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Creative Nonfiction Winter 2015

Creative Nonfiction is the voice of the genre. Every issue includes long-form essays blending style with substance; writing that pushes the genre’s boundaries; commentary and notes on craft; conversations with writers; and more. Simply put, Creative Nonfiction demonstrates the depth and versatility of the genre it helped define.

Country:
United States
Language:
English
Publisher:
Creative Nonfiction
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4 Issues

IN THIS ISSUE

5 min.
what’s the story?

“When a writer is born into a family, the family is finished.” —Czeslaw Milosz I don’t mean to get our writers in hot water with their families, but the truth is they may have already done that themselves. I AM HOPING THAT READERS who discover they are characters in these essays in this “Lost Truths & Family Legends” issue will write and tell me if the stories are true—or, at least, accurate, which can (it’s worth remembering) be different than “true.” Or are they exaggerated or totally out of whack—figments of the writers’ imaginations? And if the latter is the case, maybe the other characters will tell me what really happened! For example, I wonder how the other characters in Fritz Swanson’s “The Hart’s Long Life” would tell this story about the author hitting…

5 min.
how can you write nonfiction when you don’t have the facts?

JESSICA HANDLER is the author of Braving the Fire: A Guide to Writing About Grief and Loss and Invisible Sisters: A Memoir. Her nonfiction has appeared on NPR and in Tin House, Drunken Boat, Brevity, Newsweek, the Washington Post, and More magazine. She works with writers through CNF’s online classes and mentoring program. FROM OUR VERY FIRST endeavors in creative writing, we’re told to write what we know. As nonfiction writers, we’re proud of our fealty to the truth. We don’t make things up. Or, if we do make things up, we employ the deftness and elegance of signal phrases. We write, I imagine. Or, I believed. We write, She told me, because the fact is that she did, and the truth conveyed to us is hers (whoever she may be). Writing…

18 min.
providing the mortar

RICK BRAGG IS NO STRANGER to creative nonfiction or cementing other people’s stories together with his own words. He won the Pulitzer Prize in 1996 for his feature writing for The New York Times and later penned the best-selling memoir All Over but the Shoutin’. Bragg is currently a professor at the University of Alabama, where he teaches magazine and feature writing and encourages students to strive for clarity in their work. A son of the South, raised in Possum Trot, Alabama, Bragg says he was both excited and unnerved by the prospect of interviewing and writing the story of the notorious rock ’n’ roll legend Jerry Lee Lewis, who’s reported to have an itchy trigger finger, good aim, a short fuse, and an appetite for pills. In his recent New…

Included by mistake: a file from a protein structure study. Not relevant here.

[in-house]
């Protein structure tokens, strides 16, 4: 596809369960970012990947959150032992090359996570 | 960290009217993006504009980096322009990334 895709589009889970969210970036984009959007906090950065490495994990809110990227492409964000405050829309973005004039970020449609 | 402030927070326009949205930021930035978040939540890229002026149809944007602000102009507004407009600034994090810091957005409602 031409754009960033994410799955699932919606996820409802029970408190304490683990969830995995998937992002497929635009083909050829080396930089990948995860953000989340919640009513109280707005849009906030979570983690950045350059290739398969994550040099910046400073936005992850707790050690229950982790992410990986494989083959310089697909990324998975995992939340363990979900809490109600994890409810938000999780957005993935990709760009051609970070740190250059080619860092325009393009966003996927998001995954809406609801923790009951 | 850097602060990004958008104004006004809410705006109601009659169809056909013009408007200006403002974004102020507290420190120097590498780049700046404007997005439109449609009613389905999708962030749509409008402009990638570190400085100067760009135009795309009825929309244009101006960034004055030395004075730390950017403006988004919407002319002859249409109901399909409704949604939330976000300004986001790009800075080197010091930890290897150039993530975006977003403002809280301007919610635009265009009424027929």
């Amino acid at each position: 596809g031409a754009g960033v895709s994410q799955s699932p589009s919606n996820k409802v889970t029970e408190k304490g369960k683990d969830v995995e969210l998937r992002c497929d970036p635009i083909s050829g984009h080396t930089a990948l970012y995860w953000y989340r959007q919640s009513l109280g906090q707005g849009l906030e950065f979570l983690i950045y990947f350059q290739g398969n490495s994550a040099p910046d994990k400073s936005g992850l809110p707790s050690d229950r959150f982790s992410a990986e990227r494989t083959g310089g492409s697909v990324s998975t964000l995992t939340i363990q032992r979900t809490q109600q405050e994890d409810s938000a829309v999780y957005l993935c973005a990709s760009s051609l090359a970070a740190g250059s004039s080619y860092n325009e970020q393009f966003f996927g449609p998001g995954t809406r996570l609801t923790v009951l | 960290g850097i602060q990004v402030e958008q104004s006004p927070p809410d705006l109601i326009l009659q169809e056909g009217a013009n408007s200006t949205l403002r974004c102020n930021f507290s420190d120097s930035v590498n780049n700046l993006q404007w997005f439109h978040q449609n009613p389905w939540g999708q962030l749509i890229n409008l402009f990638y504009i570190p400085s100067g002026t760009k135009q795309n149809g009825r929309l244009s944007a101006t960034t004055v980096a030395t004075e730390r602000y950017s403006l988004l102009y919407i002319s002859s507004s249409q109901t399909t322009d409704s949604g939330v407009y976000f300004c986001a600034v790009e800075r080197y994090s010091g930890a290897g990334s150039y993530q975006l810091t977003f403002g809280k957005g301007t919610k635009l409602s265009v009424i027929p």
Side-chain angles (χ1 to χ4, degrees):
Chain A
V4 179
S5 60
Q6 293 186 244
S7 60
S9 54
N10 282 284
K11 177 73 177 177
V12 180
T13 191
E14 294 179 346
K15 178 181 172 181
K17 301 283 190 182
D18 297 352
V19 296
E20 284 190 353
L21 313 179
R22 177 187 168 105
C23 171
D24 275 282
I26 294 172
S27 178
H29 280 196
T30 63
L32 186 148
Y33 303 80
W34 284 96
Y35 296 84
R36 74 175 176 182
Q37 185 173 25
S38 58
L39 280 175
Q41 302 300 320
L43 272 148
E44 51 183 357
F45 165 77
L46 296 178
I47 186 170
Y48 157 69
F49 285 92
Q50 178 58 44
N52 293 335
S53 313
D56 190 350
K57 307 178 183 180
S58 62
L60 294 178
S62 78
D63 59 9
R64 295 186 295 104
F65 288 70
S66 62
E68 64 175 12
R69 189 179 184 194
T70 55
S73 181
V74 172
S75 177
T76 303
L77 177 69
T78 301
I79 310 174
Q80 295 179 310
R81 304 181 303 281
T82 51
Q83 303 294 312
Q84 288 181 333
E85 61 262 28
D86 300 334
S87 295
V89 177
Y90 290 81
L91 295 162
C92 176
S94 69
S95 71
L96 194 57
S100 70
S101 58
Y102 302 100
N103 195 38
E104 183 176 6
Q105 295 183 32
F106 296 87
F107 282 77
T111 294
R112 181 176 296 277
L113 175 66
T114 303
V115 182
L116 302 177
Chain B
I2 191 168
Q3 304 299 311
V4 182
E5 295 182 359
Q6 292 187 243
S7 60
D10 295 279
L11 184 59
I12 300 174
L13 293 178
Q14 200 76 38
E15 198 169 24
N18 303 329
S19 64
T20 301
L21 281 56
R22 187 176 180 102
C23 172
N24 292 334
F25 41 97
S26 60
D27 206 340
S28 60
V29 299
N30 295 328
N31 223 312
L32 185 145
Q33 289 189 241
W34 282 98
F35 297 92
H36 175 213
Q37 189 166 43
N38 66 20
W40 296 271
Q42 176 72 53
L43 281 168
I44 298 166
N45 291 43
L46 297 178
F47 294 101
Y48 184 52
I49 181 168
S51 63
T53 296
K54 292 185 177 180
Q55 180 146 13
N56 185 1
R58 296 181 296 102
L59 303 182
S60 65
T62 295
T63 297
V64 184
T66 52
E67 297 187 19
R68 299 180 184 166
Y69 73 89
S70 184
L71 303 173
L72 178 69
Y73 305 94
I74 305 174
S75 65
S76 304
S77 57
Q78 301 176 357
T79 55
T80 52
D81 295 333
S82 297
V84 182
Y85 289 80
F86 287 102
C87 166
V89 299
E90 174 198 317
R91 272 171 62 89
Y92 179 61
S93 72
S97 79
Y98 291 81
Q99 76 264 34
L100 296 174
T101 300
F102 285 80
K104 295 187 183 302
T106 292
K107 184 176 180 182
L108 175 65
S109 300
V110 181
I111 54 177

20 min.
gone

MICHELLE HERMAN’s new collection of essays, Like A Song, is due out in March 2015, and a book for children, A Girl’s Guide to Life, is due out in December 2014. Her last essay collection, Stories We Tell Ourselves, was long-listed for the 2014 PEN/Diamonstein-Spielvogel Award for the Art of the Essay. She directs the MFA Program in Creative Writing at Ohio State. MY FATHER—A LIST MAKER, a planner, a person who liked to be (and almost always was) in charge—left nothing to chance: he left us instructions for after his death. He left multiple sets of instructions, actually. He left a document called “special instructions” on the desktop of the PC in his home office, which we called “the den.” He left another, older document (“instructions”) in the computer’s documents folder…

13 min.
the archivist

EMMA ROSENBERG is a writer and editor based in Boston, Massachusetts. She wrote this essay while studying at The Salt Institute for Documentary Studies in Portland, Maine. Her writing has appeared in Slice Magazine, Guernica, The Rumpus, Fwriction : Review, and others. She currently works for The Baffler. All photographs are of the past, yet in them an instant of the past is arrested so that, unlike a lived past, it can never lead to the present. —JOHN BERGER, ANOTHER WAY OF TELLING SILVER HALIDES ARE EXPOSED TO LIGHT, and what’s left is a house: two mismatched windows, a cast-iron gate, a drainpipe running down the exterior. The sunken roof is caught in the shadow of the building next door, and white matter—either snowfall or dust on the negative—speckles the air. With time,…

11 min.
list maker

DEREK HINCKLEY is a student in the MFA program at the University of Alaska Fairbanks. He is currently working on a thematically linked collection of essays centered on three years he spent teaching English at an underperforming high school in rural Mississippi. ACCOUNTANT Summer 2000 It’s hard to reconcile the father I know with the vibrant young man he describes in his stories of adventure and cunning. I was born when he was in his late thirties, and by the time I was equipped to start making lasting memories of him, he was solidly middle-aged and comfortable in a deep rut. He sat behind home plate at my Little League games, reading a book, only taking a break when I came up to bat. We spent weekends going to the computer swap meet,…